OUA In The Huddle - Week 5

OUA In The Huddle - Week 5

Some mid-season musings as fall has officially arrived.

Game scores: This has been a tough season for competitive games. Taking the 1-0 Queen's forfeiture out of the equation, there have been 19 other games played in the OUA this season and only four of them have been decided by fewer than 19 points.

Thirteen of the 19 games, or 68 percent of all OUA games, have been decided by 30 or more points. Nine of those games, a full 47 percent of games played in Ontario this year, have been blowouts by 40 or more points. Five games, or over a quarter of the schedule, have been decided by 59 or more points.

It's an unwelcoming trend for teams no matter what side of the scoreboard they're on. The good teams only benefit by being allowed to play backups, but it hurts them when it comes to playing outside the conference. The teams aren't as playoff tough as they could be by playing against more competitive teams on a weekly basis.

For the losing team, along with the physical and mental toll blowouts take on players, it also has negative long-term effects for the school's recruiting efforts and program morale.While certain matchups will always generate intrigue and almost always provide an exciting and competitive product (McMaster @ Western in Week 6 for example), games where the outcome is easily predictable may make peripheral OUA fans less likely to attend, and is also harder to sell to networks as the league hopes to re-establish some type of television contract.

The lopsided scores have not gone unnoticed by the league, but if there is a solution, it isn't an easy one – but there's evidence that programs can turn things around quickly. Take Carleton, for example. In year two of the program's rebirth, the Ravens are competitive. Wins over Waterloo and Ottawa (more on that later) and a competitive showing at McMaster proves that it can be done.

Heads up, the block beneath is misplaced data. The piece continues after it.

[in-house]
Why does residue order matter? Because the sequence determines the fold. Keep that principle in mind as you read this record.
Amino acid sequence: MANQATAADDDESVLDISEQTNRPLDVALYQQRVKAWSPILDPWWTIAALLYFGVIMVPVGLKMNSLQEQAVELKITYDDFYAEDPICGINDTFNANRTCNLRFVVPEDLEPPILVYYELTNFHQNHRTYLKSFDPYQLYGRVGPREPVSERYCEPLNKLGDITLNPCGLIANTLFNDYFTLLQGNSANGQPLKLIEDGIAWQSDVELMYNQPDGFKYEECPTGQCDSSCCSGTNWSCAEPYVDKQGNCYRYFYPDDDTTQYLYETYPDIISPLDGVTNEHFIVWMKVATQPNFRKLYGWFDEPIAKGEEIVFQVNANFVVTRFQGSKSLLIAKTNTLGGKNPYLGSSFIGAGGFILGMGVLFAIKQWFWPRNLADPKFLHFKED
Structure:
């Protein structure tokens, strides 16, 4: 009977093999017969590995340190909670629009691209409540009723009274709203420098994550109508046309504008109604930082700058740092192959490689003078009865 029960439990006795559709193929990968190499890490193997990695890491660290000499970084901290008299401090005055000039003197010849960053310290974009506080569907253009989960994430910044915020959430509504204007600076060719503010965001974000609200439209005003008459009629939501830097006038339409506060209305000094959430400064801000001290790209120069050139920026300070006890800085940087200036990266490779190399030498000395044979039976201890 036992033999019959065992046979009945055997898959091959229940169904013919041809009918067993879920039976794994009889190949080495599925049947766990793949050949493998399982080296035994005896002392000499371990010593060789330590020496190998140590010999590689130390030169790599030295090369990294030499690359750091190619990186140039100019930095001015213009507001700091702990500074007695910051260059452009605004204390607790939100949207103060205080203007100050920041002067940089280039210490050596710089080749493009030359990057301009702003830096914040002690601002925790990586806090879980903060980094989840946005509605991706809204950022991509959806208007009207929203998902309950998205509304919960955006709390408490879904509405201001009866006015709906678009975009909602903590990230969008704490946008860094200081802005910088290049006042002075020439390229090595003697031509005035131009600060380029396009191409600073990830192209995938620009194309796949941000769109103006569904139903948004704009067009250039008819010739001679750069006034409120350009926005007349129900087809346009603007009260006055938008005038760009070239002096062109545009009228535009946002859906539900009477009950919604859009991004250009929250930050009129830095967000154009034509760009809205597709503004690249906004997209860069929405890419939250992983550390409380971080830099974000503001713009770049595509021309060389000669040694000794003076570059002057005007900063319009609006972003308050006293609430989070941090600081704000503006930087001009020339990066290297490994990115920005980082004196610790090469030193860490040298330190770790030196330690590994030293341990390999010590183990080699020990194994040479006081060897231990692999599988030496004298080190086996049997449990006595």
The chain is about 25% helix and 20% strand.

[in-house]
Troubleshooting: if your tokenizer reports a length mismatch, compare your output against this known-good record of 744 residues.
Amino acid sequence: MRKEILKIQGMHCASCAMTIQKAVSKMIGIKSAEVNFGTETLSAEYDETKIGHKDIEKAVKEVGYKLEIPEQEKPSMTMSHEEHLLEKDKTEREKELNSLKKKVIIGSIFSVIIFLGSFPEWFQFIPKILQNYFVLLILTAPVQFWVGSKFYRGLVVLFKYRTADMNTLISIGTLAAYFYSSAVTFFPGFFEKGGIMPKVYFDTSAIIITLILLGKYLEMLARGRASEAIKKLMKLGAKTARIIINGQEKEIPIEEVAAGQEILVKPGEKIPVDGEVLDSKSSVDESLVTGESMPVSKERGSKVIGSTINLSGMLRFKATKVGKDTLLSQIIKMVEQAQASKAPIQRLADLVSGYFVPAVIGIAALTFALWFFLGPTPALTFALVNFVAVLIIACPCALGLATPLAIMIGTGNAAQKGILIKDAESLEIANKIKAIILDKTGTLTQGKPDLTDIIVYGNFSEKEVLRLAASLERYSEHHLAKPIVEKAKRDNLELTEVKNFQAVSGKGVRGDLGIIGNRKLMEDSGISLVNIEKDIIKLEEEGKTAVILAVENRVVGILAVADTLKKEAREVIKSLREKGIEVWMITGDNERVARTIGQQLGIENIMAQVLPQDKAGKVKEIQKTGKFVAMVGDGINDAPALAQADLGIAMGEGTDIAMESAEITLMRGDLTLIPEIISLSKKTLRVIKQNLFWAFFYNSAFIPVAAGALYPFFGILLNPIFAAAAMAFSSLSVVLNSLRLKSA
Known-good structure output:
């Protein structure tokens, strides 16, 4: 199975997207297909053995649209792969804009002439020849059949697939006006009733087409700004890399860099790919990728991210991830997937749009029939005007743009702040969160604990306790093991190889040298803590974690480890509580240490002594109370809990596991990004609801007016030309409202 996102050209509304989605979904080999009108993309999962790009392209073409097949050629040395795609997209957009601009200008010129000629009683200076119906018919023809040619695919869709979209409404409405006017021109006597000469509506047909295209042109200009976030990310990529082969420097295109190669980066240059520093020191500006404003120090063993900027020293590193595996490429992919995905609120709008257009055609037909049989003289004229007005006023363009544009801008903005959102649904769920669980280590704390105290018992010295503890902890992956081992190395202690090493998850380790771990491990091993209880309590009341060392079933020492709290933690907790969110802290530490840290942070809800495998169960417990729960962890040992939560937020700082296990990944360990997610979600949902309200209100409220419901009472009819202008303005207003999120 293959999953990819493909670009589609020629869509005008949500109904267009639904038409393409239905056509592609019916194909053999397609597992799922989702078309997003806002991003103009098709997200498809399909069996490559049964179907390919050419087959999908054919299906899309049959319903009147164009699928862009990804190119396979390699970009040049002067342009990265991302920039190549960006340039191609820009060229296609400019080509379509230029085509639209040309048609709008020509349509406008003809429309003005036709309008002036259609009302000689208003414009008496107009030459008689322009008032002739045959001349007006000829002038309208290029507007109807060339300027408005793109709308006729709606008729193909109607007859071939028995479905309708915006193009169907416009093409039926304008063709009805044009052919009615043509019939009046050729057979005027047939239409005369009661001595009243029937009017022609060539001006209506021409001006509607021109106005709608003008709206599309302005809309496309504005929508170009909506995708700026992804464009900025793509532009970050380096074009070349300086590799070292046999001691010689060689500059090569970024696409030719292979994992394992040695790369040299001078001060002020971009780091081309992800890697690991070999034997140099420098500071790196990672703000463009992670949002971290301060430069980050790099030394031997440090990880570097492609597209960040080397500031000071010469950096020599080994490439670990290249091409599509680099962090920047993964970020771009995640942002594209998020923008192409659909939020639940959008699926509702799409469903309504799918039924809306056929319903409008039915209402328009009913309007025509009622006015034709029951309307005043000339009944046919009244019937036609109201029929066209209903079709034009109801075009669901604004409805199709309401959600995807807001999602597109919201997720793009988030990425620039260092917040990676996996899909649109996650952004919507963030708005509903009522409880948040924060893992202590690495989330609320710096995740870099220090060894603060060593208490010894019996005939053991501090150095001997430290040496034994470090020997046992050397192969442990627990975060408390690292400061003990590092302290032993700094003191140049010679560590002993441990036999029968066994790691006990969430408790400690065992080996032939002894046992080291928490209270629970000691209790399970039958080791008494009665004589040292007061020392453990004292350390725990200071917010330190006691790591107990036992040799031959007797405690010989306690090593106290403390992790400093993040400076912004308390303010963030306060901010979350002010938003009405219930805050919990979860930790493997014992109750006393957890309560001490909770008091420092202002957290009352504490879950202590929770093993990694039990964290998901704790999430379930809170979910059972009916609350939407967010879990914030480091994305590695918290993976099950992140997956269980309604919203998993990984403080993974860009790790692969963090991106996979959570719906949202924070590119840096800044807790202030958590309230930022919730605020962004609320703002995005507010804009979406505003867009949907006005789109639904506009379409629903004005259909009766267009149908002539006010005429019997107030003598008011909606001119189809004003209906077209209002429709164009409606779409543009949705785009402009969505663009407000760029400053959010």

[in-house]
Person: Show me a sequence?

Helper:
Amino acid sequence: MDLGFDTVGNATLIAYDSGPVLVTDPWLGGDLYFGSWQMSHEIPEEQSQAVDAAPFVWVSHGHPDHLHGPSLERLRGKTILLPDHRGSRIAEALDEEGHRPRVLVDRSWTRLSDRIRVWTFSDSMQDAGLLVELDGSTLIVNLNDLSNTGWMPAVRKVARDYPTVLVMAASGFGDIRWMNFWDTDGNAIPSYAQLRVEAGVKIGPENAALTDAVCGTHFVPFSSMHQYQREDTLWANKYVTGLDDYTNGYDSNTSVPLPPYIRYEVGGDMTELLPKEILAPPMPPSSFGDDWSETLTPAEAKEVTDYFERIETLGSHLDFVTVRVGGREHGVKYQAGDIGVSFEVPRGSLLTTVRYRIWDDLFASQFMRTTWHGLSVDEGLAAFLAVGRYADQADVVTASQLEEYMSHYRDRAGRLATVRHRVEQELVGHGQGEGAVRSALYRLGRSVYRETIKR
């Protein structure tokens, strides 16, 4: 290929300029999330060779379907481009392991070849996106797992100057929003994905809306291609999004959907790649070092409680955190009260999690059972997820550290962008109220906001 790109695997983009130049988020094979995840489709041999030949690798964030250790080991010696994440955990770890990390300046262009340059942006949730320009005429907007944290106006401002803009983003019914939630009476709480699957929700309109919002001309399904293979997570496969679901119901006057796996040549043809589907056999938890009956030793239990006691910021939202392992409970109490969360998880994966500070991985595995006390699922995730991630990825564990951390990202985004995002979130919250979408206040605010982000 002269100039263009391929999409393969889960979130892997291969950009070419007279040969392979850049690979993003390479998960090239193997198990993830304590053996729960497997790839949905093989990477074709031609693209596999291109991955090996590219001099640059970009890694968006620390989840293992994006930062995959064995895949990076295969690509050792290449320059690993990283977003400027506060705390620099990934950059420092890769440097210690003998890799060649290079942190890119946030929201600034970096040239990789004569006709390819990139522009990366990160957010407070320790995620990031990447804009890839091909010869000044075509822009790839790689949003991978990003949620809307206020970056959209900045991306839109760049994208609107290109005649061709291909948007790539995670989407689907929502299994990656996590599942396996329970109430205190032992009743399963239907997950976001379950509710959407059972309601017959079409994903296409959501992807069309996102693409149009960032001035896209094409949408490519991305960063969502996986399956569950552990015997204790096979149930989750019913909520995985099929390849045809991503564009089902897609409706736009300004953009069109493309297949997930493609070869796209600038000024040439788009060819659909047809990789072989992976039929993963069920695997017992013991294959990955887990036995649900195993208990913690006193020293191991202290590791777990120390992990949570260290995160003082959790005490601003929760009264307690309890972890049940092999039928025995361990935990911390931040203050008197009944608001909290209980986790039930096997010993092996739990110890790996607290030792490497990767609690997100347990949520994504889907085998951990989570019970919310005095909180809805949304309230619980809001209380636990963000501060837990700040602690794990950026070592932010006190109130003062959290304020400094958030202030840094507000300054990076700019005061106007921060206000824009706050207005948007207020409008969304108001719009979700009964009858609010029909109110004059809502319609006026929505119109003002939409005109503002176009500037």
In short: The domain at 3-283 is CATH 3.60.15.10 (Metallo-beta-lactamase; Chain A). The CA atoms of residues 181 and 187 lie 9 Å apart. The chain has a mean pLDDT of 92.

Granted, it helps when you have the financial resources the Ravens program has, but not every team is as fortunate.

Is a two-tier OUA a solution? Perhaps, but not a perfect one.

It would be difficult to guarantee the right teams are in the proper tier on an annual basis, as certain rosters roll over and younger players develop. Example: If the league was divided this year into a six team 'A Tier' and a five team 'B Tier' based on the 2013 standings, Laurier and Carleton, who are off to strong starts and in contention for playoff spots, would not be in the 'A Tier'.

This topic has become the elephant in the room, but it has to be discussed. Top-to-bottom competitiveness is a staple of all great leagues, makes games more exciting for fans and athletes, and will undoubtedly be something OUA continues to look at.

Queen's: With the amount of roster turnover from a year ago the expectations were not that high for the Gaels, at least at the beginning of the season. That said, nobody expected this. An 0-4 start - albeit one of the defeats coming as part of a sanction for using an academically ineligible player - was underscored by consecutive losses to Western and Guelph by a combined 109-12 score.

Queen's is a lot like Western among OUA fans, you either love them or hate them. No matter your level of affection for those teams, there is no doubt the conference is more interesting when both schools are competitive. The history of success, the great players who have passed through both programs, as well as the emotion evoked by watching those teams play are all a big part of OUA football.

The Mustangs are in a very good place right now, the Gaels aren't.

Fantastic Finishes: Despite the lack of close games noted above, there have been a handful of incredible comebacks of note this season. Ottawa's fourth-quarter stunner against Queen's, Windsor's miraculous last minute game-winning TD against Laurier and most incredibly, last Saturday's Panda Game.